It was all a little too easy. The recipe only called for 10 ingredients -- most of which I already had on hand in my cupboard, the batter came together with minimal effort, and I was actually pleased with the consistency and texture when I popped it into the refrigerator to chill overnight. The whole affair seemed destined for success, and I could scarcely wait to bake up the oatmeal raisin cookies the next afternoon.
I had the whole thing planned out in my head. I'd take the batter out of the fridge and preheat the oven while I fixed and ate my lunch, and then bake the cookies up for the perfect post-lunch treat! I'd save half the batch for myself and bring the other half over to my good friend, who actually deserves way more than just a few cookies for putting up with my neurosis and general nuttiness over the years. I felt just like Martha Stewart with all my grand baking and gifting intentions -- only a way chicer version without the ugly ponchos!
In the next couple hours that followed, however, any likeness that might have existed between Martha and I quickly faded away. I underbaked the cookies. Not once, but twice.
The facts are these. The recipe from the seriously fabulous Smitten Kitchen suggested chilling the dough prior to baking. I complied with this request by chilling the batter overnight -- just like when I made the fabulous NY Times Chocolate Chip Cookies that pretty much rocked my socks right off my oversized feet (or at least they would have if I was wearing socks at the time of consumption). The recipe also suggested baking the cookies for 10 to 12 minutes with an aside that noted that baking time will vary depending on the oven and how cool the cookies are going in. Since my oven is notoriously hot to trot, I decided to bake my cookies for 11 minutes. It seemed to be the perfect timing. The cookies were golden brown, and had that slightly undercooked look on the top -- just like the recipe said it would.
As the cookies cooled, I distracted myself from the tantalizing scent of cinnamon and vanilla with some cleaning and general domestic activities (since I was channeling Ms. Martha and all). I made it an impressive 40 minutes before settling down at my dining room table with a cup of tea and one of the largest cookies in the batch. I was so the perfect picture of restraint and domesticality!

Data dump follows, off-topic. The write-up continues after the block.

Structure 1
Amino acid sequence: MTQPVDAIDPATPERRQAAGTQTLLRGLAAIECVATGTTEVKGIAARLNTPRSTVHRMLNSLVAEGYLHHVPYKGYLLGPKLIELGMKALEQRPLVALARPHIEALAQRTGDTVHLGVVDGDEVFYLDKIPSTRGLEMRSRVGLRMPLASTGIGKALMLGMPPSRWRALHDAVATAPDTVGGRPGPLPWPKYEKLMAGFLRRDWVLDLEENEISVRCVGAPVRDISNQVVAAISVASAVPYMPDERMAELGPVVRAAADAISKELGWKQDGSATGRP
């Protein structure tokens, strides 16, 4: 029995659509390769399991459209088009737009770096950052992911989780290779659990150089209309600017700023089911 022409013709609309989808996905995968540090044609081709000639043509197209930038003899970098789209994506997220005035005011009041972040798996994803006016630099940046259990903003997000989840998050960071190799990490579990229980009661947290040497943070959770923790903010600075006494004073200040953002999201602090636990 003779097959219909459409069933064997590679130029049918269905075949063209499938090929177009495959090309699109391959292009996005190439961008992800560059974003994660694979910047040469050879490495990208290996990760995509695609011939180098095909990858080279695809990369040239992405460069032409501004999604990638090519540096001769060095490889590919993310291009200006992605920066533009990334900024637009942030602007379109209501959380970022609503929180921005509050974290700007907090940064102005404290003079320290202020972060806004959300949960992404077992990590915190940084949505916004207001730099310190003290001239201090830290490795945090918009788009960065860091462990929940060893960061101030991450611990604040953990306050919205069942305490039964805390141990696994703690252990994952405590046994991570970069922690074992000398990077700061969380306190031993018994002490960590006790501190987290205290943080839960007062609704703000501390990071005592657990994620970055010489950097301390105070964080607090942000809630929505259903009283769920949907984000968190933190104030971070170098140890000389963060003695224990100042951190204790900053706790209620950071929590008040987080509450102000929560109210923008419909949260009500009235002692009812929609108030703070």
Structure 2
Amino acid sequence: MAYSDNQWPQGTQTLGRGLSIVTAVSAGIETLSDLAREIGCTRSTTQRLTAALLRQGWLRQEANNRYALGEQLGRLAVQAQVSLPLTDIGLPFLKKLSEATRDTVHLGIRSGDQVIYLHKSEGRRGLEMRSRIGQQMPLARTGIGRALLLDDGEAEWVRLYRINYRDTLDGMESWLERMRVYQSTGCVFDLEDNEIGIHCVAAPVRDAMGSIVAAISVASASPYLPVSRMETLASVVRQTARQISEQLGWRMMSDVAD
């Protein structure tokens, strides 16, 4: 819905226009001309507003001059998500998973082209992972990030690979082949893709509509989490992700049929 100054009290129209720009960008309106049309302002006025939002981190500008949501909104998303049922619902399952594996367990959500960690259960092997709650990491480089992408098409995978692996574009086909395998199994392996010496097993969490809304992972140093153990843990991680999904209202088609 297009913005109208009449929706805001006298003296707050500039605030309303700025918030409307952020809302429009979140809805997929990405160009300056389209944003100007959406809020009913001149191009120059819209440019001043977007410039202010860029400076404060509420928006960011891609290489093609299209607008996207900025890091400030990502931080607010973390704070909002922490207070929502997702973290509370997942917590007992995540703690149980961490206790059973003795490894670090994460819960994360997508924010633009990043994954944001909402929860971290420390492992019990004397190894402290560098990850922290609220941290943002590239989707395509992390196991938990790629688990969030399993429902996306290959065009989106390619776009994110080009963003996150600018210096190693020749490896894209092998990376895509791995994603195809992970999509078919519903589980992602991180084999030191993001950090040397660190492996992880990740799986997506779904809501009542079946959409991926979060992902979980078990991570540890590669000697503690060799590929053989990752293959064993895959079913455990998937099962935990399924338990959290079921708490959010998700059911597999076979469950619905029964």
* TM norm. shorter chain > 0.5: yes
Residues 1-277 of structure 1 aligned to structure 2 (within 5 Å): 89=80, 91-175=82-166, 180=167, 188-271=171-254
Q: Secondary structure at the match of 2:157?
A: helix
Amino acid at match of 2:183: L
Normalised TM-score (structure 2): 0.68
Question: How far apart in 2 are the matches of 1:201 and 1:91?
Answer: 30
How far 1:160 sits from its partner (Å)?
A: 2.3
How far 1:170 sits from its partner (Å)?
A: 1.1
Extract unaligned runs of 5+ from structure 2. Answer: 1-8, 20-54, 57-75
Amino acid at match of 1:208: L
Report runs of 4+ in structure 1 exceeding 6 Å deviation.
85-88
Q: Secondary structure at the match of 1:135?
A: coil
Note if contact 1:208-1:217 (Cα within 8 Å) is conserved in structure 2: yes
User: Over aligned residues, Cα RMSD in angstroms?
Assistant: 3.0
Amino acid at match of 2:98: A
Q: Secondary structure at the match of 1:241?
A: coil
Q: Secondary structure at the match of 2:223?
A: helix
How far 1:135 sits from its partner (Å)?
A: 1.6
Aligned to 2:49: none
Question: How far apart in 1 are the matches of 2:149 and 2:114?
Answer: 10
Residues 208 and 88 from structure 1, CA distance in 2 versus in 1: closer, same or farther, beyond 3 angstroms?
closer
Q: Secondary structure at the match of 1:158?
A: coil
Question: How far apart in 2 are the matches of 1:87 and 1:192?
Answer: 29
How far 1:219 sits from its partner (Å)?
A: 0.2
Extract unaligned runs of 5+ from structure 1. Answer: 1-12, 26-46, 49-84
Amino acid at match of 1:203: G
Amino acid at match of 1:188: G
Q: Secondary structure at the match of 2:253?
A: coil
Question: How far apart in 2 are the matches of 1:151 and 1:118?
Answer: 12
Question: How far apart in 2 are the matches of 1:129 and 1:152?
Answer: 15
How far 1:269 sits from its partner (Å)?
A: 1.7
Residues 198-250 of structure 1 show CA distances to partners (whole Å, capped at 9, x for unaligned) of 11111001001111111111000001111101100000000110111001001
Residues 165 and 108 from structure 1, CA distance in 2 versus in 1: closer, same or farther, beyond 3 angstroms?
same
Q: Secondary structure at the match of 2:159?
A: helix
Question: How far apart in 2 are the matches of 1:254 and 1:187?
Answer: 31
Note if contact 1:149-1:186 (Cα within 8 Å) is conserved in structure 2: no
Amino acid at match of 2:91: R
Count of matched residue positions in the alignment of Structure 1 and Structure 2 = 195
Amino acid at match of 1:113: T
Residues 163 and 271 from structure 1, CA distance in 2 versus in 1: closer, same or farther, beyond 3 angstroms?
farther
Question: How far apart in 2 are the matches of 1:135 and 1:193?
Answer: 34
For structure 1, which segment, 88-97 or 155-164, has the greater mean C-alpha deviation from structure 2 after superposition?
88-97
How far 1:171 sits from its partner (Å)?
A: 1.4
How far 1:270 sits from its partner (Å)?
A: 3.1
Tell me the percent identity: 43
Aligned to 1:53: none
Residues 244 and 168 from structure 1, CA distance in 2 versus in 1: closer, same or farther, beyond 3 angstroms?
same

Or at least I was until I started eating the cookie. The first bite was grand -- stupendous even! But as I neared the interior, things started to get a little ooey. As I do in all situations of potential and actual kitchen disaster, I immediately picked up my pink Motorola Razr to call my mom.
"I underbaked the cookies!" I whined into the phone, my voice swelling with emotion. "What do I do?"
My mom, the source of solutions to my everyday problems both big and small, told me to just stick them back in the oven for a few minutes.
So I did.
But when I broke into the twice-baked cookies a few minutes after taking them back out of the oven, they still looked a little ooey.
"I can't give someone underbaked cookies!" I wailed into the phone a few moments later.
"So stick them back in again." My mom instructed.
I balked at her suggestion. I couldn't bake the cookies three times! Could I?
Apparently, I could. Despite my concern that they would come out dry and hard like flattened golf balls, when I tested another cookie a couple hours later, it tasted perfect. Chewy, moist and exactly how I expected it to be when I confidently plopped the batter in the refrigerator the previous day. My friend thought so too -- he ate three of them that very night.
Chewy Oatmeal Raisin Cookies
From Smitten Kitchen
Makes 16 cookies
1/2 cup (1 stick or 4 ounces) butter, softened
2/3 cup brown sugar, packed
1/2 teaspoon vanilla extract
3/4 cup all-purpose flour1
1/2 teaspoon baking soda
1/2 teaspoon ground cinnamon
1/4 teaspoon salt
1 1/2 cups rolled oats
3/4 cup raisins
In a large bowl, cream together the butter, brown sugar, egg and vanilla until smooth. In a separate bowl, whisk the flour, baking soda, cinnamon and salt together. Stir this into the butter/sugar mixture. Stir in the oats, raisins and walnuts, if using them.
Chill the dough overnight. When ready to bake them, remove from fridge and let come to room temperature for 30 - 40 minutes unless you fancy underbaked cookies. Preheat oven to 350 degrees. Bake for 13-15 minutes depending on hot your oven is/how cool the cookies are. They are done (hopefully) when golden brown. Let them sit on the hot baking sheet for five minutes before transferring to a rack to cool.